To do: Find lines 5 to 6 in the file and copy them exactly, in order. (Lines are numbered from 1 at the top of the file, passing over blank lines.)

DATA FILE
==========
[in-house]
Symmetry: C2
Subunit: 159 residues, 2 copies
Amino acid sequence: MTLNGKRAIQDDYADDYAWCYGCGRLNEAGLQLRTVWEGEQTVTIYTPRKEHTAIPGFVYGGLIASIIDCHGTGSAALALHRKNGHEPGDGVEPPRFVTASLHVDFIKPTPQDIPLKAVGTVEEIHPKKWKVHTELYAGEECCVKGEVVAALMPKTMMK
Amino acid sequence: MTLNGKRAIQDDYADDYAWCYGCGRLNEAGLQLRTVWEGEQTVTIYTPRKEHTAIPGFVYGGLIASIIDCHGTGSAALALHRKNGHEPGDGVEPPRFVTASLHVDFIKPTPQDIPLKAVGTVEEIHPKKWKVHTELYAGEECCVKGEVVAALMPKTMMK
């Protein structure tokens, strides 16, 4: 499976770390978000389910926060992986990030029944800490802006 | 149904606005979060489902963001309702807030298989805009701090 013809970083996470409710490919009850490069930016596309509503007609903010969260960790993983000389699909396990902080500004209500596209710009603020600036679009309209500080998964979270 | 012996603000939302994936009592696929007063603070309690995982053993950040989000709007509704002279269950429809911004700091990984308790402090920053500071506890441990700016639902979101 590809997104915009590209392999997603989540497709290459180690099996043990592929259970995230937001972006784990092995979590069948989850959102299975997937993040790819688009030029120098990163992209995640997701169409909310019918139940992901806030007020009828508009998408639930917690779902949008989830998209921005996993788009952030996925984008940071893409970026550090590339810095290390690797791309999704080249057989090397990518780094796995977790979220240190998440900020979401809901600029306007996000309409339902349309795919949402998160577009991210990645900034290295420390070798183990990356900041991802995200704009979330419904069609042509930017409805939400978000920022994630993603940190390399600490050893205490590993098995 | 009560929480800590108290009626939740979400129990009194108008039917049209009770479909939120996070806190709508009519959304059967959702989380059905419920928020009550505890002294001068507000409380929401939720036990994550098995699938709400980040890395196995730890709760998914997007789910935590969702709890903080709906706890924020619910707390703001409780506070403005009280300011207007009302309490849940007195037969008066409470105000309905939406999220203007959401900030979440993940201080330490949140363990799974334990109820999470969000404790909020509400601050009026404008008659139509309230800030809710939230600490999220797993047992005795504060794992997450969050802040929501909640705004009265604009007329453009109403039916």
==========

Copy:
Amino acid sequence: MTLNGKRAIQDDYADDYAWCYGCGRLNEAGLQLRTVWEGEQTVTIYTPRKEHTAIPGFVYGGLIASIIDCHGTGSAALALHRKNGHEPGDGVEPPRFVTASLHVDFIKPTPQDIPLKAVGTVEEIHPKKWKVHTELYAGEECCVKGEVVAALMPKTMMK
């Protein structure tokens, strides 16, 4: 499976770390978000389910926060992986990030029944800490802006 | 149904606005979060489902963001309702807030298989805009701090 013809970083996470409710490919009850490069930016596309509503007609903010969260960790993983000389699909396990902080500004209500596209710009603020600036679009309209500080998964979270 | 012996603000939302994936009592696929007063603070309690995982053993950040989000709007509704002279269950429809911004700091990984308790402090920053500071506890441990700016639902979101 590809997104915009590209392999997603989540497709290459180690099996043990592929259970995230937001972006784990092995979590069948989850959102299975997937993040790819688009030029120098990163992209995640997701169409909310019918139940992901806030007020009828508009998408639930917690779902949008989830998209921005996993788009952030996925984008940071893409970026550090590339810095290390690797791309999704080249057989090397990518780094796995977790979220240190998440900020979401809901600029306007996000309409339902349309795919949402998160577009991210990645900034290295420390070798183990990356900041991802995200704009979330419904069609042509930017409805939400978000920022994630993603940190390399600490050893205490590993098995 | 009560929480800590108290009626939740979400129990009194108008039917049209009770479909939120996070806190709508009519959304059967959702989380059905419920928020009550505890002294001068507000409380929401939720036990994550098995699938709400980040890395196995730890709760998914997007789910935590969702709890903080709906706890924020619910707390703001409780506070403005009280300011207007009302309490849940007195037969008066409470105000309905939406999220203007959401900030979440993940201080330490949140363990799974334990109820999470969000404790909020509400601050009026404008008659139509309230800030809710939230600490999220797993047992005795504060794992997450969050802040929501909640705004009265604009007329453009109403039916």